On a world scale, in terms of volume, the Dutch oils and fats sector is the sixth importer and the fifth exporter. Our capacity for crushing (pressing) oil seeds puts us at number four in Europe. The tropical oils, for the most part from oil fruits, are imported in crude form. The main activity in the Netherlands is the crushing of oilseeds and/or the processing (refining, fractionation, hydrogenation and/or transesterification) of crude vegetable oils. In the past decade the refining capacity in the Netherlands has increased, making our refining activities the largest in Europe.
The key role oils and fats play in our economy will increase in the near future due to the rising world population, increased prosperity and - since vegetable and animal oils and fats are renewable resources - the increasing importance of a biobased economy.
The trade figures stated below relate to 2021. The figures give an impression of the economic value of the companies in the oils and fats industry for the Dutch economy. The figures also show that many companies operate in volatile markets. The war in Ukraine was not yet a factor in 2021.
Total import and export
The oils and fats industry imports a wide range of oilseeds, oils, fats and related products products (including biodiesel and used oils and fats) from more than 100 countries worldwide. Nowadays, important suppliers (by volume) are Brazil (12%), Germany (12%), Belgium (9%), Indonesia (8%), Ukraine (7%), United States (7%), Malaysia (7%) and Argentina (5%) (2021). The 2021 import figures show a volume decrease of more than 5% compared to 2020. However, there was a significant increase in value: from 13.4 billion euros in 2020 to 18.3 billion euros in 2021. This increase can mainly be explained by rising commodity prices.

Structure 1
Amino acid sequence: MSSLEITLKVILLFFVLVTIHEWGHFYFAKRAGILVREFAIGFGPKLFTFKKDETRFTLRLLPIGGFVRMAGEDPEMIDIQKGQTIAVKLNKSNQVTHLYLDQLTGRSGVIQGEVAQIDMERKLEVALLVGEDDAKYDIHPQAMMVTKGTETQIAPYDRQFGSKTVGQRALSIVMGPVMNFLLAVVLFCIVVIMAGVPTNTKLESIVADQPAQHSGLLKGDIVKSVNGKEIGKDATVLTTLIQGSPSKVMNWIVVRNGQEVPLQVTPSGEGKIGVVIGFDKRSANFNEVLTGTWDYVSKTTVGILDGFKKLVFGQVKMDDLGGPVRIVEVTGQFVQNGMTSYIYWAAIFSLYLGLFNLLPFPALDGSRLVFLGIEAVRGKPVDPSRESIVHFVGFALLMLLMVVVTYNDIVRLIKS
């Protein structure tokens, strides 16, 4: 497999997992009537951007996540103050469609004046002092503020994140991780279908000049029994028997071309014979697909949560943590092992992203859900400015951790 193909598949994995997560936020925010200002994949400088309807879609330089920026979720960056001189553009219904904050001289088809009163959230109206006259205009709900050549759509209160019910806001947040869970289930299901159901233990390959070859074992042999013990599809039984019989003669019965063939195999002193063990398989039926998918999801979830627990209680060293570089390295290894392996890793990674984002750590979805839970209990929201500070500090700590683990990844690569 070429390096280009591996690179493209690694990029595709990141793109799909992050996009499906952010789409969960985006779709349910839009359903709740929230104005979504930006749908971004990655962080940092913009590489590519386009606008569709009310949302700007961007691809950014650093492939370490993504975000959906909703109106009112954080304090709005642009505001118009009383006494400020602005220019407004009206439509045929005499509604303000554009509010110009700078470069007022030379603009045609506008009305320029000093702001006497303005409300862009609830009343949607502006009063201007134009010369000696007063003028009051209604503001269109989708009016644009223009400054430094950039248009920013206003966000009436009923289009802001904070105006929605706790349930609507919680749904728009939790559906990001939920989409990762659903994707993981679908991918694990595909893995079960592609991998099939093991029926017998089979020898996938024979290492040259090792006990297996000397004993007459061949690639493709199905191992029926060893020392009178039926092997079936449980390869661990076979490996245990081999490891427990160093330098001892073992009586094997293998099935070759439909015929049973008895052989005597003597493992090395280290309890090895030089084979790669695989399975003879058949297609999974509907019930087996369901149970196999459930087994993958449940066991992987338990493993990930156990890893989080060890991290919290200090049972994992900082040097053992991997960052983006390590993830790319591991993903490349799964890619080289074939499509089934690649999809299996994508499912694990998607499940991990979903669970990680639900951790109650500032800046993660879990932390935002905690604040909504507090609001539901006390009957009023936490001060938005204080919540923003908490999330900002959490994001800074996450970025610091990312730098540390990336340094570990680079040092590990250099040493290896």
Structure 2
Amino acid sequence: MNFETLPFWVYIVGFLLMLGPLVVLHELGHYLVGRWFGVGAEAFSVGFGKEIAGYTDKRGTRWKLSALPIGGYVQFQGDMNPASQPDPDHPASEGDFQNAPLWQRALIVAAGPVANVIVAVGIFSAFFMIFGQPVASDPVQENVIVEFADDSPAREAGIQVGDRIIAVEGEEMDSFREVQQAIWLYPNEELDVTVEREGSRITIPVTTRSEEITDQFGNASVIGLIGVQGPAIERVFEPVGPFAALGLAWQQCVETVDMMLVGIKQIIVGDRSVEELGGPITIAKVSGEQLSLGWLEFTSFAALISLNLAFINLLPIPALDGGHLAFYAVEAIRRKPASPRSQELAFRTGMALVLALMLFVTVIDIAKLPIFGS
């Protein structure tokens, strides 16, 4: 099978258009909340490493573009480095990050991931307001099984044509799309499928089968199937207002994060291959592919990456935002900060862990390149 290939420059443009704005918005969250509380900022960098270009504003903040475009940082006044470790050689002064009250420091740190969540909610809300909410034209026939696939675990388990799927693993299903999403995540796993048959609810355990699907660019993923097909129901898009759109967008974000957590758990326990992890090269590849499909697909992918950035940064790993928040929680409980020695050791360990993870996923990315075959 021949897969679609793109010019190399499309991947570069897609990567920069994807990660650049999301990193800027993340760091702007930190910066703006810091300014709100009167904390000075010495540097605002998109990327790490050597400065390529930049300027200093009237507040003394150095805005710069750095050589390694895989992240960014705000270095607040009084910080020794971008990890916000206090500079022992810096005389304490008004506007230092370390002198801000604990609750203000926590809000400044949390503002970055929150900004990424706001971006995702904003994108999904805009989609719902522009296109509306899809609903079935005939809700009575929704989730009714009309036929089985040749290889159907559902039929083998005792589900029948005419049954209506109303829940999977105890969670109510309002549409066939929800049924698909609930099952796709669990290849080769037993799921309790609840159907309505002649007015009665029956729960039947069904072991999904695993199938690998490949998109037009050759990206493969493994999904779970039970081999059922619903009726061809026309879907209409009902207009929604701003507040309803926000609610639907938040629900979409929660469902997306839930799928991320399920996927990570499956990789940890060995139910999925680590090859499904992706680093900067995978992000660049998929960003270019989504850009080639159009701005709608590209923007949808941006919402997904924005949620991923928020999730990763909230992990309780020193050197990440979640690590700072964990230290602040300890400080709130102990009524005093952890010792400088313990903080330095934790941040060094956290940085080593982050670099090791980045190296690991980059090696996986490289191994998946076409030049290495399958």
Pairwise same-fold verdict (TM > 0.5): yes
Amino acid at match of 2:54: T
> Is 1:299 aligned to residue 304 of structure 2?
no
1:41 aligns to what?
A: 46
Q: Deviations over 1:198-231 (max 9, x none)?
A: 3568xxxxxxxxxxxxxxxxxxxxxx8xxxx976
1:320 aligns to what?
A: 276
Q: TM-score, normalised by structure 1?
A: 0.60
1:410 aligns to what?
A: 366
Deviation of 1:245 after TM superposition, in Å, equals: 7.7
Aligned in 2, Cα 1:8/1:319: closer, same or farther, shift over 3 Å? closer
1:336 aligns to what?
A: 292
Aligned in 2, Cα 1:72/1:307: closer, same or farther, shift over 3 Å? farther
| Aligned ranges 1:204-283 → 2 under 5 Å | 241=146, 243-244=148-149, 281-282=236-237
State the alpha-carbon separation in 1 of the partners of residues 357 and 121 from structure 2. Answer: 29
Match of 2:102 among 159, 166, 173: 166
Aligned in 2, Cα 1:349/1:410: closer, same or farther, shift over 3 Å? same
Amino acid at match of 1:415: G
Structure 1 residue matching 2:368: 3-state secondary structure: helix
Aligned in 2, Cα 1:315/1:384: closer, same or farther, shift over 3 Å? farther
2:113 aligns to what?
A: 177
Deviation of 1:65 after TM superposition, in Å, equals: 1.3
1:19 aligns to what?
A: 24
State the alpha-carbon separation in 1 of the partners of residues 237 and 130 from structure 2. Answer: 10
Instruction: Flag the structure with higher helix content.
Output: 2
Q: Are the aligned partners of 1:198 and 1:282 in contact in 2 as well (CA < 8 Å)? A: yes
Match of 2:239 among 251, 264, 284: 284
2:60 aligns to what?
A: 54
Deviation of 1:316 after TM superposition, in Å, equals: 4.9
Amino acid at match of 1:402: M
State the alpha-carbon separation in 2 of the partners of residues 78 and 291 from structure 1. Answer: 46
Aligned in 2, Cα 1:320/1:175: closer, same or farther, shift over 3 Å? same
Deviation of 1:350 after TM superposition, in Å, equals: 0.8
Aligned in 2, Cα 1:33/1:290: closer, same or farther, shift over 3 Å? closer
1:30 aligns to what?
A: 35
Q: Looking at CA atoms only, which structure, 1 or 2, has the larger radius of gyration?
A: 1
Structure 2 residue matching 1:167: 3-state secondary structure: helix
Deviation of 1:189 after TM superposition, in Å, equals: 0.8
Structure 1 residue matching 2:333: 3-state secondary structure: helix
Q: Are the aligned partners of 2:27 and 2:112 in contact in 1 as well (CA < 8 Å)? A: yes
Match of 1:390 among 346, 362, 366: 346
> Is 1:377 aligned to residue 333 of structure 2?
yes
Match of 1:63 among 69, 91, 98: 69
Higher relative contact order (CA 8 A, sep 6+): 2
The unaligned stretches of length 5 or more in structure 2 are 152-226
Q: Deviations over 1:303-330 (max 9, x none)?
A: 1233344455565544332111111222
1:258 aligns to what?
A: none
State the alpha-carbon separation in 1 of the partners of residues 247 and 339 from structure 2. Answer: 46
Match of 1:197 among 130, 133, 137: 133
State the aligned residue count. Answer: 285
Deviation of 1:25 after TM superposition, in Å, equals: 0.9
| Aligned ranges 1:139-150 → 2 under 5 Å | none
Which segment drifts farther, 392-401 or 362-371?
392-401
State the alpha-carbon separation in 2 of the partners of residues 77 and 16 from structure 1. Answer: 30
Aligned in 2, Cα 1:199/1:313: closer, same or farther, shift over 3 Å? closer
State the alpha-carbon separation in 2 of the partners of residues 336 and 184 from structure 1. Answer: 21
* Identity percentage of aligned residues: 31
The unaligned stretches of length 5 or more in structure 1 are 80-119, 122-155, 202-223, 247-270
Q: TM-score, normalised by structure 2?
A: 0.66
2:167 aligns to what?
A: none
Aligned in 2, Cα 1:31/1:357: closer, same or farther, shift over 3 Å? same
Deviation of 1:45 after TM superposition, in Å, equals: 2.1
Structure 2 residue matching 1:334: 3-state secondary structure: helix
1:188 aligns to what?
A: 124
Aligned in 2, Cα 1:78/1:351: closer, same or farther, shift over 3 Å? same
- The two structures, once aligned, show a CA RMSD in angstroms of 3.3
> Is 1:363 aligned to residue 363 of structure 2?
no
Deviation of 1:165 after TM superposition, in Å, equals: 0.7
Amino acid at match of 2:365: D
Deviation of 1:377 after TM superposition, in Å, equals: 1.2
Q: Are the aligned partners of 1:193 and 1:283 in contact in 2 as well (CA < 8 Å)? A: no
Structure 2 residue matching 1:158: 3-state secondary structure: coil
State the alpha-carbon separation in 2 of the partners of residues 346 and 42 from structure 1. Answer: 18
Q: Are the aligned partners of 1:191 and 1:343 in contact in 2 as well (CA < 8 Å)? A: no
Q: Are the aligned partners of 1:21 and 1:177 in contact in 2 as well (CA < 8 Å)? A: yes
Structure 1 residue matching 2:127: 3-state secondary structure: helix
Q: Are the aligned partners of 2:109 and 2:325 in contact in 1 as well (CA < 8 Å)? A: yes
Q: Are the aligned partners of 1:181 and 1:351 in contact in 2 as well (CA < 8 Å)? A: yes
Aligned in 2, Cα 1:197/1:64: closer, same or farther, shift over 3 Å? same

The trade figures show a strong decrease across the board in the Dutch import volume of oilseeds (soybeans, rapeseed, sunflower seed and other oilseeds) from 7.8 million tons to 6.2 million tons (-20%). In percentage terms, rapeseed showed the largest decrease (-39%), with imports of Australian rapeseed, which still accounted for 22% of these imports in 2020, completely lost. The share of Canadian rapeseed has halved from 16% to 8%, while the share of Ukrainian rapeseed has increased sharply (from 27% to 43%). In soybeans, the modest share of the United States (US) is striking. With a share of only 30% in total Dutch imports of soybeans, the US fell back to the low levels of 2012 and 2013. Brazil supplied about 2.4 million tons (58%) of soybeans to the Netherlands in 2021. Despite this sharp fall in the volume of imports, the import value of oilseeds rose from 2.9 billion euros to 3.1 billion euros as a result of price increases.
As with oilseeds, in 2021 there was also a decrease in the Dutch import volume for vegetable oils. This product segment showed a decrease of 10% (from 5.3 million tonnes to 4.7 million tonnes). Although the most important oils, with the exception of rapeseed oil (+4%) and coconut oil (+6%), declined, the decrease in palm oil (from 2.5 million tons to 2.0 million tons) was most significant. Indonesia's share in Dutch imports of palm oil dropped from 24% to 17%. Indonesia also lost a substantial part of its share in palm kernel fat (from 13% to 6%). Malaysia was the main supplier of palm oil in 2021.
Biodiesel, UCOs and animal fat
In contrast to oilseeds and vegetable oils, the Dutch import volume of biodiesel increased sharply by 20% from 4.0 million tonnes in 2020 to 4.8 million tonnes in 2021. Dutch imports of biodiesel from Argentina, Spain and the UK rose, while China's share in these imports fell sharply (from 12% to 3%). The import of UCOs (used cooking oils), an important raw material for biodiesel, showed a decrease for the first time in 2021 (-11%) after years of increase. Animal fat showed a mixed picture. Both imports and exports showed a significant decrease in animal fats unsuitable for human consumption. The other animal fats and oils, import and export, increased.